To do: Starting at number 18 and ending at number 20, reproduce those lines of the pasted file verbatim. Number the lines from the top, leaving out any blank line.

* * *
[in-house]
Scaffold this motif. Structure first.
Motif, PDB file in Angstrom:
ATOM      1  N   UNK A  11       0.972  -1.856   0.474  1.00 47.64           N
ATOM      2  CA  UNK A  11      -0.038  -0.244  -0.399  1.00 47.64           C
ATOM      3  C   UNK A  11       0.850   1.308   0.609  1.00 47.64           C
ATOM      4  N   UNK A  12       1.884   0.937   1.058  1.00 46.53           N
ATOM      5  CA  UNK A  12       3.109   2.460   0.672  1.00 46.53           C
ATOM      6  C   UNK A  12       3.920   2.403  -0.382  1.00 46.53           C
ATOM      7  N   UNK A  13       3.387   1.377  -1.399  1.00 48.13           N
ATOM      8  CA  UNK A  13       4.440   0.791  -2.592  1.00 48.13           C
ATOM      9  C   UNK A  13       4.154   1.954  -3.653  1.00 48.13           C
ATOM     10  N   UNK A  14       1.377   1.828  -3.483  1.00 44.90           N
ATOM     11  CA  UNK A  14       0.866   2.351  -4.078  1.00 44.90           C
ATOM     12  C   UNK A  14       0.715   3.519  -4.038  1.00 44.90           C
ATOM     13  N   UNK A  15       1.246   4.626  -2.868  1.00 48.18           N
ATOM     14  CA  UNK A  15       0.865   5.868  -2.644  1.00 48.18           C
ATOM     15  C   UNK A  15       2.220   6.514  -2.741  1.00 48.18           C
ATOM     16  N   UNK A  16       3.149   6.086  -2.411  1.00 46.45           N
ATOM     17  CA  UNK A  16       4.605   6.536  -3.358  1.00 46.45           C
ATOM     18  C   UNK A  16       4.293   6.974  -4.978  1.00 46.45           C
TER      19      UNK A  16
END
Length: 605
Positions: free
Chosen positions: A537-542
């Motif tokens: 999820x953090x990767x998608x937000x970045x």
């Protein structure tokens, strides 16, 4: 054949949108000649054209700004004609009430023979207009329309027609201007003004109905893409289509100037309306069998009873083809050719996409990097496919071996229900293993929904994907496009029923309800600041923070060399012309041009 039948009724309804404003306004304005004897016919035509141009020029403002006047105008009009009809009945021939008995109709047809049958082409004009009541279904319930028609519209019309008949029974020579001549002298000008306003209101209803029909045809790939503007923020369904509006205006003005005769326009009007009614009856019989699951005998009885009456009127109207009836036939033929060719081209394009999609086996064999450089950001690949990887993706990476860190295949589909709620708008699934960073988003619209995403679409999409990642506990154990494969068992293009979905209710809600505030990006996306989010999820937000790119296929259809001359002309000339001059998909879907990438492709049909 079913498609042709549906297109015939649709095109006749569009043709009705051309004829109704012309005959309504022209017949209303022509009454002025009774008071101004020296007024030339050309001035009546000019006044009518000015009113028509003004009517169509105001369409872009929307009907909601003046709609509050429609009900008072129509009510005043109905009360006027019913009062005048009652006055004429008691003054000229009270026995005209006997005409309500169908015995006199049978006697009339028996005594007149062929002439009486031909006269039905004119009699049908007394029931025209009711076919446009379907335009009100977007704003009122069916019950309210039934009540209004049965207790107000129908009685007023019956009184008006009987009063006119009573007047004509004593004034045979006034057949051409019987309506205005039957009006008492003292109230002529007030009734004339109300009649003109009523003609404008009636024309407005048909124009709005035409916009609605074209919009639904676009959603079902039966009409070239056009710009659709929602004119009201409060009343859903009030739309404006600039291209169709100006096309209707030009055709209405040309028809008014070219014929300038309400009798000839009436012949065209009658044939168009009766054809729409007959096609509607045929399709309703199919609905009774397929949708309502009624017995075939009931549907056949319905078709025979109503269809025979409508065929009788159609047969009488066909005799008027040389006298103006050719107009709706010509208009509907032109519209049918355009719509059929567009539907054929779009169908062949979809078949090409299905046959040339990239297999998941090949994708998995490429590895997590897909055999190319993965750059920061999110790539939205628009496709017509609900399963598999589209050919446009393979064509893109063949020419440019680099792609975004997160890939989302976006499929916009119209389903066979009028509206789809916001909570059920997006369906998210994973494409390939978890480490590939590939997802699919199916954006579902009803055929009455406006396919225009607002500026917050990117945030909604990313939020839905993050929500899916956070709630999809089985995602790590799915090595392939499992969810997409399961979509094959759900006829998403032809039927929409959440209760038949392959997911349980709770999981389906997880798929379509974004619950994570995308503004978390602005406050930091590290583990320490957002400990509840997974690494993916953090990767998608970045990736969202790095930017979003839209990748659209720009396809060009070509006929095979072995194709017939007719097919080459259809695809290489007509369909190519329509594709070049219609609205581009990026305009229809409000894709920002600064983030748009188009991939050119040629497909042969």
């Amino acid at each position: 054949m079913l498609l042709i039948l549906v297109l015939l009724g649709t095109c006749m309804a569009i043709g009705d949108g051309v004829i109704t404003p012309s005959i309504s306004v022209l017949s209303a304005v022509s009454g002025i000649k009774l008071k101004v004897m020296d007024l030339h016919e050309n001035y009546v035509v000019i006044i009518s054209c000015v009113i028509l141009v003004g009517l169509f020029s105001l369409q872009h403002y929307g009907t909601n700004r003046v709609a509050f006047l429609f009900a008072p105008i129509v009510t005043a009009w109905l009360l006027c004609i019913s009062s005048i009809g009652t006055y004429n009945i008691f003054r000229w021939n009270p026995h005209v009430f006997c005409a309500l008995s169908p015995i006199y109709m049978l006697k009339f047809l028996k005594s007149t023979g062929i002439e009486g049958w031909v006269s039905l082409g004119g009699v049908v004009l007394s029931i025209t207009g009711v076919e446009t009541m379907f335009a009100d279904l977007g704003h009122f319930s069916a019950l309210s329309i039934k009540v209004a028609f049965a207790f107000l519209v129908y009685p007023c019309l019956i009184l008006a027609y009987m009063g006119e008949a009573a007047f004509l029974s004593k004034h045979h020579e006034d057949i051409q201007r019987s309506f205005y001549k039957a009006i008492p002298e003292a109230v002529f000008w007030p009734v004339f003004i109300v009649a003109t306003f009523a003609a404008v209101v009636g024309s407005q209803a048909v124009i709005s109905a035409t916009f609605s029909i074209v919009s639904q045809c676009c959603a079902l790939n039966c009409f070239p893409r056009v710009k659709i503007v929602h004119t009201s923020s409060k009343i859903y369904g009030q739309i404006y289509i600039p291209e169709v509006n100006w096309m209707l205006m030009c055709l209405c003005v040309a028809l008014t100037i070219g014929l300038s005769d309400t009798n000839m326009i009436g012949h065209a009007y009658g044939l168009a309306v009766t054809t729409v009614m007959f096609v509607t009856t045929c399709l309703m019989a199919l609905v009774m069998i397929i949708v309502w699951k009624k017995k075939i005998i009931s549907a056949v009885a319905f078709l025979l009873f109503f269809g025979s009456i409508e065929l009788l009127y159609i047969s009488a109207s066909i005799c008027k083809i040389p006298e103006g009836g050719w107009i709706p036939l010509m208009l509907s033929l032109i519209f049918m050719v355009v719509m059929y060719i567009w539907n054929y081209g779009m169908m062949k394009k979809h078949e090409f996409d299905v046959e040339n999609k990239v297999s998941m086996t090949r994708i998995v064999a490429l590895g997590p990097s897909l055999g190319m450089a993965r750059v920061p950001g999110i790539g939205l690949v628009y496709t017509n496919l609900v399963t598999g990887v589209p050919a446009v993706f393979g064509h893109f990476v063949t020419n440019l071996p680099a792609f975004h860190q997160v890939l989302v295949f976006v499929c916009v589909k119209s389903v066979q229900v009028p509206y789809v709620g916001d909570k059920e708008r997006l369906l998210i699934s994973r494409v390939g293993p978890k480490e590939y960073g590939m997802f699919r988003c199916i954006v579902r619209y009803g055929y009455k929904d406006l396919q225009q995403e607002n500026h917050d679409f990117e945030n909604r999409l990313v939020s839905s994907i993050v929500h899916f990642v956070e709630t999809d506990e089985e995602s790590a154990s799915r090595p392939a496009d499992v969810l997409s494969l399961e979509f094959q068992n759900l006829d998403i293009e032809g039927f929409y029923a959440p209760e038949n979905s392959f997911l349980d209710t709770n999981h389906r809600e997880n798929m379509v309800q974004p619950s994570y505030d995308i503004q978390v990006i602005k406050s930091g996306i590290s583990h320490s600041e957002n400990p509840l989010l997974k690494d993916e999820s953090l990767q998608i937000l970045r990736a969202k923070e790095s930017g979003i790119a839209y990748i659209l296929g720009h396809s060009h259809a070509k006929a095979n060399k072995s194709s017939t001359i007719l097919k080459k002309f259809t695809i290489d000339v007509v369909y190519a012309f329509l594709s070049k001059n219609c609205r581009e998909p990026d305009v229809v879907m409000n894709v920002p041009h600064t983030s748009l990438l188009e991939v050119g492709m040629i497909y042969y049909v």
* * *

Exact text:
ATOM     15  C   UNK A  15       2.220   6.514  -2.741  1.00 48.18           C
ATOM     16  N   UNK A  16       3.149   6.086  -2.411  1.00 46.45           N
ATOM     17  CA  UNK A  16       4.605   6.536  -3.358  1.00 46.45           C